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We have a growing family of five and my F150 isn't cutting it since we have to travel in separate vehicles.
If your F-150 is a SuperCrew, then two adults in the front seat and three rug rats in the back seat is a full load but doesn't require a second vehicle.

My F-150 SuperCrew is overloaded with just me and DW and two dogs, towing a 19' TT that grosses less than 5,000 pounds when wet and loaded on the road. So unless an F-150 SuperCrew has the heavy duty payload pkg, then it will probably be overloaded with your 6,000-pound TT. So you probably need more than a half-ton pickup if you don't want to be overloaded. That's why Ford makes F-250s, F-350s, and F-450 pickups. Buy enough truck to tow your trailer without exceeding the GVWR of your tow vehicle.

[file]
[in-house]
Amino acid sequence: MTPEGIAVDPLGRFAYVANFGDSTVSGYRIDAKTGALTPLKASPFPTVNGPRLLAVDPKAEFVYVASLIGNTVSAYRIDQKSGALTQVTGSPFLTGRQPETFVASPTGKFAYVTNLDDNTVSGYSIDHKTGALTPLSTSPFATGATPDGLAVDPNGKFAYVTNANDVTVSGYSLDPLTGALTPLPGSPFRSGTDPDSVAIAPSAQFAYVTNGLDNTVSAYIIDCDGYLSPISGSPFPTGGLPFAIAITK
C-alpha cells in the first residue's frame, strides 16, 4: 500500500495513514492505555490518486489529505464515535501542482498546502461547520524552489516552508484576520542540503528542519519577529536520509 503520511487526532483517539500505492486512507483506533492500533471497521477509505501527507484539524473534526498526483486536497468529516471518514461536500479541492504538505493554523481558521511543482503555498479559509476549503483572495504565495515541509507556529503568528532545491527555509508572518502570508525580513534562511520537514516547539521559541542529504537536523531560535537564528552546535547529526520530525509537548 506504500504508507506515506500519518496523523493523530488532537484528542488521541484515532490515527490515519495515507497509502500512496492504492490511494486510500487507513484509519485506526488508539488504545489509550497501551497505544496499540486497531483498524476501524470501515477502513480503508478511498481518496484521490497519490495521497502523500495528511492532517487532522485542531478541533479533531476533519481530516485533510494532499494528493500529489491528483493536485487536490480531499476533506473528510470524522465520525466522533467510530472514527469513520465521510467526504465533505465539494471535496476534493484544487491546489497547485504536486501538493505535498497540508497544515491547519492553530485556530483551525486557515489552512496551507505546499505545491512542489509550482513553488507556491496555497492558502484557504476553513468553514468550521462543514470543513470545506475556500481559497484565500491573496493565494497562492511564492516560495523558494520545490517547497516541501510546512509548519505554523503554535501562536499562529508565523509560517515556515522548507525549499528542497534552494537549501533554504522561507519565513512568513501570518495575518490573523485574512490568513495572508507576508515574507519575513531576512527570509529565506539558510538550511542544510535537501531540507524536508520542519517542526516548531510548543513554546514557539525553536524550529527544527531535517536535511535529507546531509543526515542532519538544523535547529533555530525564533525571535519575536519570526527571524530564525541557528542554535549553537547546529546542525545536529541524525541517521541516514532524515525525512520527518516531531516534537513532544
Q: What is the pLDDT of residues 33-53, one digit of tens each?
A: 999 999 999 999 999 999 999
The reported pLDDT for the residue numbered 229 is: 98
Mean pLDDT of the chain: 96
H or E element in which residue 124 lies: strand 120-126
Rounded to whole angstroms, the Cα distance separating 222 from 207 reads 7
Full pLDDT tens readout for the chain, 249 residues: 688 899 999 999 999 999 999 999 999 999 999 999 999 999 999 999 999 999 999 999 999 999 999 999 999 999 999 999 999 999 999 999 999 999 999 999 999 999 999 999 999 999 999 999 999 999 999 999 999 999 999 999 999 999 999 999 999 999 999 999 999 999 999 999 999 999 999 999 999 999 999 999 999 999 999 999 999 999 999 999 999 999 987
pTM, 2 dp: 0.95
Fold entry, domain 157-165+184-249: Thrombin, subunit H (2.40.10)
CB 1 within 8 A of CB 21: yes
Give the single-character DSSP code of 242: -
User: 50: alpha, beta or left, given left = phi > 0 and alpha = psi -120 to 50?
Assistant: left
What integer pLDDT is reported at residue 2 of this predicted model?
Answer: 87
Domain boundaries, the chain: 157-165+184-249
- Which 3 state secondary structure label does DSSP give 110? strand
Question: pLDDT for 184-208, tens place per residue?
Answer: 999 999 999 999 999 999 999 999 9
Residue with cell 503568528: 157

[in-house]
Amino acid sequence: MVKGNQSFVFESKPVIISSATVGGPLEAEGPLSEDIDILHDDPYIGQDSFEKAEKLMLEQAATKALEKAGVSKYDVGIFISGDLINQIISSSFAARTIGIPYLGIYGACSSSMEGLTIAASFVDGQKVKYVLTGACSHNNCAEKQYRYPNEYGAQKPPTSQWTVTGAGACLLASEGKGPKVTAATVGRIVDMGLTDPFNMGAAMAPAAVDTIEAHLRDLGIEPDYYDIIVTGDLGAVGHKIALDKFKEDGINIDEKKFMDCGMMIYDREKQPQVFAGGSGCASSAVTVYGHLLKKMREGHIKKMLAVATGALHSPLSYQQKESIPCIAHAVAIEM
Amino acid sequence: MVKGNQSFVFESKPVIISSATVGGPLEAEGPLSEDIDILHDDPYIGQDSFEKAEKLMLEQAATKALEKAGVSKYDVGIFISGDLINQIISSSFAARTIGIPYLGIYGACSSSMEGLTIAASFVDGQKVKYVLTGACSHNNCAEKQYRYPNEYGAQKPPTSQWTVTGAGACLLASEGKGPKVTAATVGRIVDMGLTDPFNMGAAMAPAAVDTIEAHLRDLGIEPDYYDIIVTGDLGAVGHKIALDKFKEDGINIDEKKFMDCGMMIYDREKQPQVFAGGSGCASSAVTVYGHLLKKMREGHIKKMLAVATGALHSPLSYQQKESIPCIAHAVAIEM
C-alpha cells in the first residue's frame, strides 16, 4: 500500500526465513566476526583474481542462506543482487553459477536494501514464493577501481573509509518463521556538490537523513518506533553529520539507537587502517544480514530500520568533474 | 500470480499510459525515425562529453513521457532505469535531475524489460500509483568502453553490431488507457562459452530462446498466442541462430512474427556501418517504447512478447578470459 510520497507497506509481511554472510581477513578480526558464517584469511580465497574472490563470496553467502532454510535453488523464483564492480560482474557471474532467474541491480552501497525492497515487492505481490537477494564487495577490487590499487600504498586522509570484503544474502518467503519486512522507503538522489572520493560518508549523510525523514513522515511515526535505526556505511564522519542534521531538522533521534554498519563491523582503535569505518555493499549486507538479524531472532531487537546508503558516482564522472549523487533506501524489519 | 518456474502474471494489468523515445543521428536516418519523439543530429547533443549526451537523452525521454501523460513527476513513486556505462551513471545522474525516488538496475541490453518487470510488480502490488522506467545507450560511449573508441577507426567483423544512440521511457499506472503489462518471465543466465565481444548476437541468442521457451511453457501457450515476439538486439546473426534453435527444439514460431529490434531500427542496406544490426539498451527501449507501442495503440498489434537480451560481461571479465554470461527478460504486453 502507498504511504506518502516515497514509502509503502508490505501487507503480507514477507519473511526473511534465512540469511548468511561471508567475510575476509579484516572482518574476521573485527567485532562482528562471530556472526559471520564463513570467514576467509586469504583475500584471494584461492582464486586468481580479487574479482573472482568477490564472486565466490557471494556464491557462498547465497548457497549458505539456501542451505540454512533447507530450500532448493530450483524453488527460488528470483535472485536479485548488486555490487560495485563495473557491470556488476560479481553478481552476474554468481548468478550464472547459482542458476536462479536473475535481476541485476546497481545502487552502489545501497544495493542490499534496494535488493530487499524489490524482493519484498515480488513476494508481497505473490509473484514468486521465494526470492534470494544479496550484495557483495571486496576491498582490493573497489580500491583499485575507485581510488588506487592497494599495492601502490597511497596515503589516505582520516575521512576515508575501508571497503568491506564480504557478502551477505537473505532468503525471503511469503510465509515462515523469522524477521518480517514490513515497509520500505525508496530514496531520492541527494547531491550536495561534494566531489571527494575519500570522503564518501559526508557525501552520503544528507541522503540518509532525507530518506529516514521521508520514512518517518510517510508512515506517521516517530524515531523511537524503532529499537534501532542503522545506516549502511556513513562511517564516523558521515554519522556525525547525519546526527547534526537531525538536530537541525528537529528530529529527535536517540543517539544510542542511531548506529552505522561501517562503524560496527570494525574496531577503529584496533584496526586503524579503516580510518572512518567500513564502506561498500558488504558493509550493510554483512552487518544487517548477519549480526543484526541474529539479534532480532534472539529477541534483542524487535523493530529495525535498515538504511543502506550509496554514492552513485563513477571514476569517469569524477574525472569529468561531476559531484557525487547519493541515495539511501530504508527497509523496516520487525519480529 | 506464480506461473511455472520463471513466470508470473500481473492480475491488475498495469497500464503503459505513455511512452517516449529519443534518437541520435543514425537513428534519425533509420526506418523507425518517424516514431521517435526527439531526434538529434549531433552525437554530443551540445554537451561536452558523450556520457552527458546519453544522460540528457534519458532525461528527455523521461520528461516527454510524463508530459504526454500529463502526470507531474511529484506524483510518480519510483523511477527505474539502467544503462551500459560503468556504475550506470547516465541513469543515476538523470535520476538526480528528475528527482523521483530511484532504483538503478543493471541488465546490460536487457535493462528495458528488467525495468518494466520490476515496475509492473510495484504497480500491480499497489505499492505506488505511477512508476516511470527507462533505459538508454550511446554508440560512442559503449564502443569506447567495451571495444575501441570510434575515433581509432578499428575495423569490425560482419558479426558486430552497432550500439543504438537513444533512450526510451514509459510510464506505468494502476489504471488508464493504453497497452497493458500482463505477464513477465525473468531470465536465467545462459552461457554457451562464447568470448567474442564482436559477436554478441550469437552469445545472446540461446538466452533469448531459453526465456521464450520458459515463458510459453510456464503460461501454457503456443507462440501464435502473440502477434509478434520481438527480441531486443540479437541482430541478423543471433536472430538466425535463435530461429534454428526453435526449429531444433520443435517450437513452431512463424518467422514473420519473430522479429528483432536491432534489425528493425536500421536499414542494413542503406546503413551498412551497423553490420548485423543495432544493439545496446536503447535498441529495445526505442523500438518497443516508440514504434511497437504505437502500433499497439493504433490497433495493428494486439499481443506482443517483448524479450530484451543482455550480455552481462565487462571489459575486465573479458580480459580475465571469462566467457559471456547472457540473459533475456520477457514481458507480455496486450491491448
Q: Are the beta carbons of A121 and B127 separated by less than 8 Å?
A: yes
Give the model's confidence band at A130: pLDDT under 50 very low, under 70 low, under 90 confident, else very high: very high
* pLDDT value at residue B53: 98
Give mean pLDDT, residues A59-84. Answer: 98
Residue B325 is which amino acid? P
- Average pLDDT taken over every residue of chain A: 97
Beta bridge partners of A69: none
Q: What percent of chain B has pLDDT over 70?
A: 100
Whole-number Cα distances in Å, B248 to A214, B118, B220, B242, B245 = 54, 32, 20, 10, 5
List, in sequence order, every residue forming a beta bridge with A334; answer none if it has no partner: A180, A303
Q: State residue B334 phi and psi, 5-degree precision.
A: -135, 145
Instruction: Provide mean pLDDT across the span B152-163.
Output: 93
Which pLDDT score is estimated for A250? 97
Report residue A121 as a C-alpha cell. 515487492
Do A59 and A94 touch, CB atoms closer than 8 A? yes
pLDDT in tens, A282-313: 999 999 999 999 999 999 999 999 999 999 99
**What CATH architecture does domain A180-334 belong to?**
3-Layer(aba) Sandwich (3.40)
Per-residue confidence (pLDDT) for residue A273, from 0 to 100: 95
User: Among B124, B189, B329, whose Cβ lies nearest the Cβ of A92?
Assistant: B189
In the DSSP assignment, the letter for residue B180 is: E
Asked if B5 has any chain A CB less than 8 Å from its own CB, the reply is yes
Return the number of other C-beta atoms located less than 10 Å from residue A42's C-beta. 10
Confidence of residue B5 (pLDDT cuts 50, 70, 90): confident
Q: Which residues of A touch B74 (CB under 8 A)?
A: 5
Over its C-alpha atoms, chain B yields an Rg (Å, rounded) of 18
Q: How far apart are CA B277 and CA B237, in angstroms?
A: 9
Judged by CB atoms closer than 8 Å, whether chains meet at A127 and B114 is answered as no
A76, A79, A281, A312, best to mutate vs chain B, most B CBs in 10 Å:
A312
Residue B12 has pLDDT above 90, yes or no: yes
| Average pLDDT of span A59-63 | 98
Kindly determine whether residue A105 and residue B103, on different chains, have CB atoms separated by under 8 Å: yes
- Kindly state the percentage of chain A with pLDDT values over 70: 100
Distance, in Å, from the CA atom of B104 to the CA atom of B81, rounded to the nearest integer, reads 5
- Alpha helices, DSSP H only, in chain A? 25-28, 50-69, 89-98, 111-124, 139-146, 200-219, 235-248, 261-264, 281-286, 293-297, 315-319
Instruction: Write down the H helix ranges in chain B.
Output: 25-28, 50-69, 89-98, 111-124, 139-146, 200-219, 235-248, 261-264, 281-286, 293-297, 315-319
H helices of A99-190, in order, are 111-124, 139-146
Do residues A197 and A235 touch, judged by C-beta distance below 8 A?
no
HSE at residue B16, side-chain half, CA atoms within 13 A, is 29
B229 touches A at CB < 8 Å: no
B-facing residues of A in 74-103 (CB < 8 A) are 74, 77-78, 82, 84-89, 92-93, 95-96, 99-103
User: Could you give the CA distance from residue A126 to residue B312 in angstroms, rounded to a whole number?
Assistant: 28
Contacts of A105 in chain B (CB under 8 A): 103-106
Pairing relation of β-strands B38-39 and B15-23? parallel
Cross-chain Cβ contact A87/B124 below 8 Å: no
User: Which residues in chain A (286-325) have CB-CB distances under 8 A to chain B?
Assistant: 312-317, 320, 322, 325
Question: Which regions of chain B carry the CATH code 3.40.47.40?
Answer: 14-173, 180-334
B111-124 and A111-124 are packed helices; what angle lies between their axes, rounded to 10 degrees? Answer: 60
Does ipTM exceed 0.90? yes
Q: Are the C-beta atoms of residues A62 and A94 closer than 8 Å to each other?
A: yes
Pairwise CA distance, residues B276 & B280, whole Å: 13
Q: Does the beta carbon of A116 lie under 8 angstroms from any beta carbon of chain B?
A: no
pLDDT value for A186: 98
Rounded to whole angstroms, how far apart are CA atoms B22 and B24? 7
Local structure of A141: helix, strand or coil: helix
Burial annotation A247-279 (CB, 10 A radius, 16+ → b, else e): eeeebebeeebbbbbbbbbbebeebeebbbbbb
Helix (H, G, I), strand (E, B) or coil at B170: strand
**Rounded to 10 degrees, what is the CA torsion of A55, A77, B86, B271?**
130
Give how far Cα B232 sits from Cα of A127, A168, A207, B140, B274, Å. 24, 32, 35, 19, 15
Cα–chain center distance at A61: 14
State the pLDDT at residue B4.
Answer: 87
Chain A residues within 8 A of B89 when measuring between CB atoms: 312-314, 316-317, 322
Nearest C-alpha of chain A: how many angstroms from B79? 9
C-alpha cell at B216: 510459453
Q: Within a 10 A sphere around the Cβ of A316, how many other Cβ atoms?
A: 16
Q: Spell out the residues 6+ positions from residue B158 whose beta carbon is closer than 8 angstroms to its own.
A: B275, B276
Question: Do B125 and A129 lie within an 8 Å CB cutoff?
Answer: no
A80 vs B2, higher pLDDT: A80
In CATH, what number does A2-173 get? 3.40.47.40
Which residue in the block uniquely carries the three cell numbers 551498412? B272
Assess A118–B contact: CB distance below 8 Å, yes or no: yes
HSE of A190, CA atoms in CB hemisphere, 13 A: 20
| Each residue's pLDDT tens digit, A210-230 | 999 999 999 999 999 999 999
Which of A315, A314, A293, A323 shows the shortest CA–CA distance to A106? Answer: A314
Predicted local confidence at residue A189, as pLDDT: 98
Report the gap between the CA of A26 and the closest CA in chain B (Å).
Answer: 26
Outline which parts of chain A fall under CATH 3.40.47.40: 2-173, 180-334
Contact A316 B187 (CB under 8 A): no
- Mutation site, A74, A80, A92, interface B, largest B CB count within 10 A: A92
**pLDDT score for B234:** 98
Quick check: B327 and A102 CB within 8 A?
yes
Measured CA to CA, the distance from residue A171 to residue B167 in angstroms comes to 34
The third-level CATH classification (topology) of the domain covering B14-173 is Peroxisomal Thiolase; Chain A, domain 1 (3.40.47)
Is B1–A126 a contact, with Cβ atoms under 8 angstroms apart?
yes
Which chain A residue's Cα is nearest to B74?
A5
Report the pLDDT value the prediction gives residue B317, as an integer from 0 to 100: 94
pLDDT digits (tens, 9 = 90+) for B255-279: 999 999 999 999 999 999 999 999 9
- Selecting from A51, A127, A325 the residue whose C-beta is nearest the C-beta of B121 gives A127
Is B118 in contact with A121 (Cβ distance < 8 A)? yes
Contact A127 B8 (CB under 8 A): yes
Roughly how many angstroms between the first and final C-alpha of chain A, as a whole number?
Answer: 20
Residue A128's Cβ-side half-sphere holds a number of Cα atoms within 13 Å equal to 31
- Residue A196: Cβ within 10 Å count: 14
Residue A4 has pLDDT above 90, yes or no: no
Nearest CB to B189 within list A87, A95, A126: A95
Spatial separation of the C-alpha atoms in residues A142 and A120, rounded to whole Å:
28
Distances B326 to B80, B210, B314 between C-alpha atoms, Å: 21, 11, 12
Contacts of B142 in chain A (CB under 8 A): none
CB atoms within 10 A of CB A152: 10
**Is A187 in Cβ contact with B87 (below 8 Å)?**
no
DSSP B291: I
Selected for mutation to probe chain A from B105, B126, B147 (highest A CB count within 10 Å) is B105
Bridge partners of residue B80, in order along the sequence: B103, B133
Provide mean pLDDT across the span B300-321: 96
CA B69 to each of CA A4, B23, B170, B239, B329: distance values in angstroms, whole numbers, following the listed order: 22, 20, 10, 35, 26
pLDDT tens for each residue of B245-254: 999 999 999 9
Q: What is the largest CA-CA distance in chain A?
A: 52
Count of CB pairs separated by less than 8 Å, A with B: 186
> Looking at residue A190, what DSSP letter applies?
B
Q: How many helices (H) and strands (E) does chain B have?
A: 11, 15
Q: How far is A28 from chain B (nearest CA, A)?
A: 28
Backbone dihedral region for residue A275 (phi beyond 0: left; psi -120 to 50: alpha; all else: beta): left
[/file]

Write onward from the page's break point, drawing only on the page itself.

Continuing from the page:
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I'd like all of us to ride together and am looking for input on which Suburban would be suitable for longish drives. I'm not looking to buy new and I think a 3.73 axle is the way to go.
A half-ton Suburban is not going to be any stronger than your half-ton pickup, so it will be overloaded with your TT plus family. And the 2500 Suburbans are too old to be a reliable family tow vehicle.

The biggest problem with a late-model Suburban is lack of payload capacity. It can pull a heavier trailer than it can haul the hitch weight of that trailer without being overloaded when hauling a family of five plus their stuff.